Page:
On Canada’s 150th, it’s time for progressives to rediscover our patriotism

Today marks 150 years since Canadian Confederation. For some Canadians, our 150th is a historic opportunity to celebrate our national pride. For others, celebrating Canada’s 150th conjures mixed feelings, or is anathema, due to some of the uglier aspects of our history–especially those related to the mistreatment of First Nations–or to areas in which we still need to make progress–especially those related to economic and social inequality. These mixed or negative feeling towards Canadian patriotism around Canada 150 are especially common among progressives, those on the political left.

These debates around whether or how to celebrate Canada’s 150th–and by extension, how strongly we should permit ourselves to feel national pride–often remind me of a conversation I had with an American colleague shortly before Independence Day in 2010, the first since I had moved to the U.S.

Like today in Canada, it was a time when many American progressives were conflicted about their patriotism. The economy had just crashed because of government mismanagement and corporate greed; the wars in Afghanistan and Iraq were dragging on; economic inequality and private indebtedness were approaching levels not seen since the 1930s; the election of the first African-American president had arguably inspired unprecedented obstructionism in Congress as well as the dog-whistling ‘birther’ movement (questioning his citizenship).

My colleague–a fellow left-winger who was deeply troubled by all of these issues–mentioned casually that he had a huge American flag on display outside his house. He must have sensed my surprise, because he followed this up by saying something like, “Why should Republicans have a monopoly on patriotism? Why should they own the flag?”  I don’t know if my colleague had some deeper message in mind when he said this–beyond clearly being annoyed that patriotism has come to be seen as a conservative stance–but what he said has gotten me thinking over the years about how important patriotism can be to a healthy society–especially a diverse society like Canada–and how this has become increasingly underappreciated on the left.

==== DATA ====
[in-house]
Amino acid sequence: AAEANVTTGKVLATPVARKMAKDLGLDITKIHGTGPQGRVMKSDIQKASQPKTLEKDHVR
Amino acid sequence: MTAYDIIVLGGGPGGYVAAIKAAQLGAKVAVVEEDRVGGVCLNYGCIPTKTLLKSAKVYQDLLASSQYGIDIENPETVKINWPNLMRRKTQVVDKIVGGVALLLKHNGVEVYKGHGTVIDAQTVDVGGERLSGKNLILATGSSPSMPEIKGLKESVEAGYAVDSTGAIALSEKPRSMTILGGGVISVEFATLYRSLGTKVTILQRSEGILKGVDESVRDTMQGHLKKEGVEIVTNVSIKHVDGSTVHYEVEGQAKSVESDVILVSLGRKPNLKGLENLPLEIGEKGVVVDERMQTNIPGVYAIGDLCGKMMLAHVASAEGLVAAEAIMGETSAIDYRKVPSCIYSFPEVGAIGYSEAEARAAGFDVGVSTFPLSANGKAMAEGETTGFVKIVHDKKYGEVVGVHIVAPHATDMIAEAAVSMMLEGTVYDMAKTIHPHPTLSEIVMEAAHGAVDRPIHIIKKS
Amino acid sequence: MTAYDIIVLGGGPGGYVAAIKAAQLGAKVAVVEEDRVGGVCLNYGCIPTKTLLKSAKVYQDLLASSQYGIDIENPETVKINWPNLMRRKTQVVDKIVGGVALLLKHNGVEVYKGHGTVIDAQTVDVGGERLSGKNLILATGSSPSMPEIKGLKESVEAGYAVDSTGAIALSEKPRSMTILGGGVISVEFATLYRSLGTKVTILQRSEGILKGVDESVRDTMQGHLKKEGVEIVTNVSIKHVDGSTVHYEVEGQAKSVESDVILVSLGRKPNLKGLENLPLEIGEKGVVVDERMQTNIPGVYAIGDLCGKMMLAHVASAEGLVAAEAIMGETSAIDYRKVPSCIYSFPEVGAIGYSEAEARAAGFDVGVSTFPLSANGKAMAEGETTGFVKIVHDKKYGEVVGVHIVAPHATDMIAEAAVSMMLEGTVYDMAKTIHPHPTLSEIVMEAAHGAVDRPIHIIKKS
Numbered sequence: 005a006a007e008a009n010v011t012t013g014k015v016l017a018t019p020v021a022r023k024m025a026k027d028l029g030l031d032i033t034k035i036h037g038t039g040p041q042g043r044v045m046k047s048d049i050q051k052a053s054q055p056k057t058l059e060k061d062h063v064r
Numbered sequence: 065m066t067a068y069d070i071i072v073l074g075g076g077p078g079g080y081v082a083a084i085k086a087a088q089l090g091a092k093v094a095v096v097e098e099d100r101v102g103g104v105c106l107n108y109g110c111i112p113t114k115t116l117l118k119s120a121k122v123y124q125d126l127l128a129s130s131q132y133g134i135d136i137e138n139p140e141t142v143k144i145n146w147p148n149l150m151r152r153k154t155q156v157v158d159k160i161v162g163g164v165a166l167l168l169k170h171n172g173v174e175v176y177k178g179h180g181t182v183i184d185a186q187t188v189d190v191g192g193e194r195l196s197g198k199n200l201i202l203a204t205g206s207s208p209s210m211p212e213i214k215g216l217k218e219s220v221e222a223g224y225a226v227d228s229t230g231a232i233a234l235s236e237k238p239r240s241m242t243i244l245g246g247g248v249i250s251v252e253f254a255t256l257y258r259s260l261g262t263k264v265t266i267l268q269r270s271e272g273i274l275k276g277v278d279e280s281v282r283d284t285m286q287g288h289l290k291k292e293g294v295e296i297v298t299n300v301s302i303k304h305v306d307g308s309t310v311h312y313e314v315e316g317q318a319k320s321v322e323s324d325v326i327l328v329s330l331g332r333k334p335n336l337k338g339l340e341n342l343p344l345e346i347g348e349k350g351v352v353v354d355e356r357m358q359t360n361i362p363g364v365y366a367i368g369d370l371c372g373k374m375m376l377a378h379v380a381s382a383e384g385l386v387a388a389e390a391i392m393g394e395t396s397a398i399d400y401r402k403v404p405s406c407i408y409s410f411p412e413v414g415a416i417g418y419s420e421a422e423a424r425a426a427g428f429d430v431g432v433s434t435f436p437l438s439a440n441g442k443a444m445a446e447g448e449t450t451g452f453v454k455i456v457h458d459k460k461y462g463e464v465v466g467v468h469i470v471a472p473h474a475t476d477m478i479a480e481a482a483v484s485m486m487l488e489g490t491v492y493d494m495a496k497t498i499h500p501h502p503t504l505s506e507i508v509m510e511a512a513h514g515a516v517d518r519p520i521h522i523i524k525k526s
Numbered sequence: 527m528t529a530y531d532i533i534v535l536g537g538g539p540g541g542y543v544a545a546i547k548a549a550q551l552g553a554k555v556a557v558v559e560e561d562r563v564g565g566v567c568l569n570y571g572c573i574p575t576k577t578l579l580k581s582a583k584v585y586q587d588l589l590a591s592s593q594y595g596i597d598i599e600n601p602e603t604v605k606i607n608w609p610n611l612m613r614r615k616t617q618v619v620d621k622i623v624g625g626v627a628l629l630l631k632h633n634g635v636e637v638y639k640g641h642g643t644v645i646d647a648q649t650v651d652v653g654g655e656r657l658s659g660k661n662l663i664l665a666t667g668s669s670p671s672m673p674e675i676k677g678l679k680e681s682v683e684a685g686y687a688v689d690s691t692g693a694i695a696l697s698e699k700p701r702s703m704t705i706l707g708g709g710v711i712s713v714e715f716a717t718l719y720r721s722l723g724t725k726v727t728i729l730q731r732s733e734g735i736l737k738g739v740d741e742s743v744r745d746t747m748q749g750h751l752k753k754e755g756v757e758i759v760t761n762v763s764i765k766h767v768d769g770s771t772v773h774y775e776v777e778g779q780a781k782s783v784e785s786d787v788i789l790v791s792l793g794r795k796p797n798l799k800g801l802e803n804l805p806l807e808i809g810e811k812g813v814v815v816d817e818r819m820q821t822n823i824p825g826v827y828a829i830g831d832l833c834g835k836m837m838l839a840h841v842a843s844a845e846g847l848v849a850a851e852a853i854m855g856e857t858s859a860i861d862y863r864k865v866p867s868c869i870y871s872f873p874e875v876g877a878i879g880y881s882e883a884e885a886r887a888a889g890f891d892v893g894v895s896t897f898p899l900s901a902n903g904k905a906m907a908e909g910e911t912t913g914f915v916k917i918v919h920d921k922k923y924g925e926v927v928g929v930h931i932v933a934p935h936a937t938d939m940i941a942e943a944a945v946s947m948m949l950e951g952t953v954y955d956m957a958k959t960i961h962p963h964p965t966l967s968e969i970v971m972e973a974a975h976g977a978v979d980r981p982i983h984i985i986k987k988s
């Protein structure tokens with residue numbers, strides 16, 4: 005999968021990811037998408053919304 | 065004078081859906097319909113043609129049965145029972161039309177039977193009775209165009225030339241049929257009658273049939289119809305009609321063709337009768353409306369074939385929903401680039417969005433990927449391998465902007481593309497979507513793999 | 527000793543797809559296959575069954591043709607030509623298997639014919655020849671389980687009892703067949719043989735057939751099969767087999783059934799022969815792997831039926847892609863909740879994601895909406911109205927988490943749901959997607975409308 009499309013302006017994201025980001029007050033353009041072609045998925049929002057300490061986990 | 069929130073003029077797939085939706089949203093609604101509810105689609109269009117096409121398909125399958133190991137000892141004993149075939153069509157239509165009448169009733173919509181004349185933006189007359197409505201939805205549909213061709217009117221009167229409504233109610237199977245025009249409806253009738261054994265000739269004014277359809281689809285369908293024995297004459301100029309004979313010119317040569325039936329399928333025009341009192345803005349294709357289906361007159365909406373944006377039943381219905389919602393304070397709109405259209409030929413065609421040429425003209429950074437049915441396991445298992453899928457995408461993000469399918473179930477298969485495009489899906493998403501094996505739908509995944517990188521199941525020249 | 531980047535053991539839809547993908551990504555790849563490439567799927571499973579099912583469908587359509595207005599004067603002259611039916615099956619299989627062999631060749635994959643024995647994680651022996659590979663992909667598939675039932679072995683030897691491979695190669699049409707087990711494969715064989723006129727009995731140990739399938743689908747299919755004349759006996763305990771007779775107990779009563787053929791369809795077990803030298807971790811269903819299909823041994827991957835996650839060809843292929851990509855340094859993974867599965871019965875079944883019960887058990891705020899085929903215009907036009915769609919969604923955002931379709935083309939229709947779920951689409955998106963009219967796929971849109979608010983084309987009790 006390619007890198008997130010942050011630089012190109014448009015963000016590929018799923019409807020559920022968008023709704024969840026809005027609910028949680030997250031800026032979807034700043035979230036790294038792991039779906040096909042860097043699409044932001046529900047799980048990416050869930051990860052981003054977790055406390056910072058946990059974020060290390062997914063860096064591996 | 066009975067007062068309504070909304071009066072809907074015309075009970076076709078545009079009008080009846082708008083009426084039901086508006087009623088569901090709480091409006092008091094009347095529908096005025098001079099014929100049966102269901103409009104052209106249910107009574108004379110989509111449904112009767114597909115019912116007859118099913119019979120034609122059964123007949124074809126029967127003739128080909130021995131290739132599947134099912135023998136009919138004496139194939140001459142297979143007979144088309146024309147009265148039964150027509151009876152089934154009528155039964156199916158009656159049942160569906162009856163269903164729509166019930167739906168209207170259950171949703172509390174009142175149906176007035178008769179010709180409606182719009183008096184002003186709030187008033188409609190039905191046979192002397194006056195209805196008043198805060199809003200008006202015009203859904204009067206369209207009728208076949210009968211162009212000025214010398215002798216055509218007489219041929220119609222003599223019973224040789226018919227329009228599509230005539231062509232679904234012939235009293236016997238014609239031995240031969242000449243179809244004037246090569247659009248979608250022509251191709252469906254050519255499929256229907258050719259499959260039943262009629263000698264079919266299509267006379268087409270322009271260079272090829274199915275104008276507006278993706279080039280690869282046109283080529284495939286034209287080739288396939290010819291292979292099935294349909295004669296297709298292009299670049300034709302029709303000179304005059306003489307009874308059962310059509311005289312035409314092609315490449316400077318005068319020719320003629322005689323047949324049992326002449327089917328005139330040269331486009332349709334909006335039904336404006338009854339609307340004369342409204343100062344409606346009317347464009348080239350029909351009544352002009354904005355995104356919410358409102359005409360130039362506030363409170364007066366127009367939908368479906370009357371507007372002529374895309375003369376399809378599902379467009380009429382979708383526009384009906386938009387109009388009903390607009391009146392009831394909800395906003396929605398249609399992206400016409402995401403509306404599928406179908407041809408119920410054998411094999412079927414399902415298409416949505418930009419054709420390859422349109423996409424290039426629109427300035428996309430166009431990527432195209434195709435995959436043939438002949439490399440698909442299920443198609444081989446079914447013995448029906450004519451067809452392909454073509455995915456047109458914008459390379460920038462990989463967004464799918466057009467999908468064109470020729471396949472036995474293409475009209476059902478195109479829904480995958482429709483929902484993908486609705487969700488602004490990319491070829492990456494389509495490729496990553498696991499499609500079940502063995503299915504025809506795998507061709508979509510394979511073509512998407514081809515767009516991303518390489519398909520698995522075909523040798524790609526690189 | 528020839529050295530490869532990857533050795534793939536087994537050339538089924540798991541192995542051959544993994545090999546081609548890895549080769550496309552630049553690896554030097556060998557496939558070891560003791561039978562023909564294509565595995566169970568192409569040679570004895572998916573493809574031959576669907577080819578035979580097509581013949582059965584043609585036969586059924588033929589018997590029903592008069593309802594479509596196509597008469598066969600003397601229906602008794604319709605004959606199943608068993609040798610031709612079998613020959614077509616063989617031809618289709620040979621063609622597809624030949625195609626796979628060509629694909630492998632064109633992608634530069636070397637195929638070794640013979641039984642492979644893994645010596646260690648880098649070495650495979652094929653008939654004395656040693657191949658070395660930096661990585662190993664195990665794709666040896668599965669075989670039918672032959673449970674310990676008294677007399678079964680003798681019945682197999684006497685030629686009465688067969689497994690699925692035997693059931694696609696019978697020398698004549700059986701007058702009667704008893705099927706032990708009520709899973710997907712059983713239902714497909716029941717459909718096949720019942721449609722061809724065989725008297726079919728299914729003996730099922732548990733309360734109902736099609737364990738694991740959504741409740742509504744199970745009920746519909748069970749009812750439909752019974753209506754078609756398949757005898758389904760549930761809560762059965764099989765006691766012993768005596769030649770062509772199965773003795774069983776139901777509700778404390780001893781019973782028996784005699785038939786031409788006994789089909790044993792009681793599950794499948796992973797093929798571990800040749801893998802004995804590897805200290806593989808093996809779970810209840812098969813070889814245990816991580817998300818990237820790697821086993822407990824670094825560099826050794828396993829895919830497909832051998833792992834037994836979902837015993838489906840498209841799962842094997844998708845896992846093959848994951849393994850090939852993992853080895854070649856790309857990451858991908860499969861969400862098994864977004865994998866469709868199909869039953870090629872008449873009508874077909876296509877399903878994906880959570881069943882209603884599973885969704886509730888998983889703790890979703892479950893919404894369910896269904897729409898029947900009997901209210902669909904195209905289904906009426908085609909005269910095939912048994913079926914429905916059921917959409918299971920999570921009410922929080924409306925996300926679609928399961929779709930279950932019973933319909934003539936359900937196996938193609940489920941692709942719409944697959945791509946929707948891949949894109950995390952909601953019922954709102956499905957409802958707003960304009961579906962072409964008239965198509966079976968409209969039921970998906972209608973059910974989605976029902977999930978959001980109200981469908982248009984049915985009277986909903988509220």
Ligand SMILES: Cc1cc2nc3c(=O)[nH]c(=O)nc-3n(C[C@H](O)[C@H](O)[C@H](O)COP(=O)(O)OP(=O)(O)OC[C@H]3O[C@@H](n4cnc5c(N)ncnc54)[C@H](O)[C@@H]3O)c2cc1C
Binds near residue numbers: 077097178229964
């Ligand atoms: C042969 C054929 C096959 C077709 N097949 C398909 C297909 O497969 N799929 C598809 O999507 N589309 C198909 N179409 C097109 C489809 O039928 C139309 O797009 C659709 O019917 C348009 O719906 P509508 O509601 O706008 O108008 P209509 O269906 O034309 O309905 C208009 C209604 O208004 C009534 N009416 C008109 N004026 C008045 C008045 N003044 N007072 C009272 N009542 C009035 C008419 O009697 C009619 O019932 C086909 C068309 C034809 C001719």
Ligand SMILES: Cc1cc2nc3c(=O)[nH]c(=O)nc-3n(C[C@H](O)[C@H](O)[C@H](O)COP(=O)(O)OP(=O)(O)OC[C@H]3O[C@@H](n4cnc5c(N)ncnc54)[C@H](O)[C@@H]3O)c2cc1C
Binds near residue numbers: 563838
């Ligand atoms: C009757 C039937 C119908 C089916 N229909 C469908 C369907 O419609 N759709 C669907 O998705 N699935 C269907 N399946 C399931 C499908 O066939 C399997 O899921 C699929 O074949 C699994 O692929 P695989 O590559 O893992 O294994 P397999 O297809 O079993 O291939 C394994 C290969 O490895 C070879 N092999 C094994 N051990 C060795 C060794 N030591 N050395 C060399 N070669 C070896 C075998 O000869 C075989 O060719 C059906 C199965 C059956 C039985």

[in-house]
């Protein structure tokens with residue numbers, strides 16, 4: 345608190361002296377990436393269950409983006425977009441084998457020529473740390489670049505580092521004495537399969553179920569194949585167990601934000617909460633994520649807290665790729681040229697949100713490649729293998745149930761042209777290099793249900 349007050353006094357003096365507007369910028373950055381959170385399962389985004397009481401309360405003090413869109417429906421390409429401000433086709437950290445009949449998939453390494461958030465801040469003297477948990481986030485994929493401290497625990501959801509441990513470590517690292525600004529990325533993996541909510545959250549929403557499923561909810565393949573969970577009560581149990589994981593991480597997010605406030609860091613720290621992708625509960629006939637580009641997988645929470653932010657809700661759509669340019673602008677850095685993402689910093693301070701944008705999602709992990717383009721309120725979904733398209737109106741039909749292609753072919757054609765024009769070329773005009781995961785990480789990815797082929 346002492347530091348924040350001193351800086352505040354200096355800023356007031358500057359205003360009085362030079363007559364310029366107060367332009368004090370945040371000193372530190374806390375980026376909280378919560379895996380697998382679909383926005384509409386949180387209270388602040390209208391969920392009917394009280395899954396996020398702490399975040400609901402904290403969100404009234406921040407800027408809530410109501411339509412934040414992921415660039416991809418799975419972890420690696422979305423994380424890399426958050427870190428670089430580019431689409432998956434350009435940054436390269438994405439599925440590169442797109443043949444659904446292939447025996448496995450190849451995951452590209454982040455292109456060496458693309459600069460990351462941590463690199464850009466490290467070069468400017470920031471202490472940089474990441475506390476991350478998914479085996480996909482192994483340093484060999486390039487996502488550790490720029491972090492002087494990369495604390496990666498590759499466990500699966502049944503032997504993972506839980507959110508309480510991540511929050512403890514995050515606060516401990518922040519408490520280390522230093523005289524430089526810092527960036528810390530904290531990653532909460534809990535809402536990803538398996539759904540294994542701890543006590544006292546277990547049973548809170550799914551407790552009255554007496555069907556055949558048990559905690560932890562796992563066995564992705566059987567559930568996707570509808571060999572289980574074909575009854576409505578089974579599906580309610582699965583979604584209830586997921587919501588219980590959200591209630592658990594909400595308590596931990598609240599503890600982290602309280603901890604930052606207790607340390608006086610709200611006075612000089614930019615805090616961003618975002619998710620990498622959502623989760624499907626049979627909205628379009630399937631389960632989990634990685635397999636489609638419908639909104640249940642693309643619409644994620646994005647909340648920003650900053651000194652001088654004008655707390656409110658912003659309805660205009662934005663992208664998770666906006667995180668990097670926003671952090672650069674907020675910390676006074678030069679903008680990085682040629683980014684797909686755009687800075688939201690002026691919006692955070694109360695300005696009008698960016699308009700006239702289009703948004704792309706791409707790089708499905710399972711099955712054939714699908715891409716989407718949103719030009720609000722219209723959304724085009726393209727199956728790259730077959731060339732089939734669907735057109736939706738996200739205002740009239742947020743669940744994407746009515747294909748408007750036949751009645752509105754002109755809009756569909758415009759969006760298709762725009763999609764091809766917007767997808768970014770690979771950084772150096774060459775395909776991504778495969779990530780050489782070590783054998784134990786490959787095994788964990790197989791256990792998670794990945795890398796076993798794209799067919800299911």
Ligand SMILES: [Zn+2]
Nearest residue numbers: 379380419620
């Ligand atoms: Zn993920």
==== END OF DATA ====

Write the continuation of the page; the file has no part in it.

A progressive society cannot survive without patriotism.

At its core, a progressive society is about providing equal opportunities to all citizens, and supporting the most vulnerable. Each of these goals requires strong government institutions, including some redistributive ones. Without progressive economic redistribution (i.e. taxes and spending that result in net transfers of wealth from rich to poor), it is mathematically inevitable that wealth will concentrate over time. Without strong anti-discrimination and anti-corruption institutions, it is inevitable that people’s favoritism of their in-groups will cause political and social power to concentrate as well.

But, as the research of Robert Putnam and others has shown, these key progressive democratic institutions cannot gain the public support that they need in a society with low levels of trust among its citizens. People need common identitiesthe kind provided by patriotism–to engage civilly and build trust. Think about it: if Canada was just a collection of segregated groups that were distrustful of each other, why would members of any one group want to pay tax money if some of it was going to go to members of other groups?

It is telling that, in the history of western countries, many of the largest government investments in redistributive social programs and institutions (e.g., the U.S. G.I. bill and huge tax hikes on high earners in both Canada and the U.S., during and after WWII), and many of the largest spikes in civic engagement (e.g., in the U.S. after 9/11), came after major wars or disasters–when patriotism was at its highest. Indeed, research suggests that working together to solve a problem is one of the key ways people build trust. Wars and disasters have provided societal-scale shared civic projects in the past, but there are lots of other more constructive societal-scale civic projects we could embark on together today.  For example, transitioning to renewable energy, while minimizing the pain in fossil-energy-dependent communities, could be one. Even if we can’t find a problem requiring a society-wide effort to solve together, we can still focus on reaching out, interacting with, and collaborating with Canadians who are different from us at a smaller scale; contact and mutual understanding have also been shown to build trust and reduce outgroup hostility between people and groups.

No matter what we invest in together in order to build social cohesion, we have to invest, which means we have to rediscover our sense of civic duty, and shed some of our sense of civic entitlement. As John F. Kennedy famously put it: “Ask not what your country can do for you–ask what you can do for your country.” Of course, investing in society requires being given an opportunity to do so; I do not intend to chastise people facing weak or non-existent employment opportunities for not working, for example, as some (especially on the right) have sometimes done. But there also has been a well-documented rise in narcissistic behavior and thinking over at least the last two decades in the west, especially among young people. The economic disadvantages facing young people today are real, but so is the ‘me culture’. We need to address both.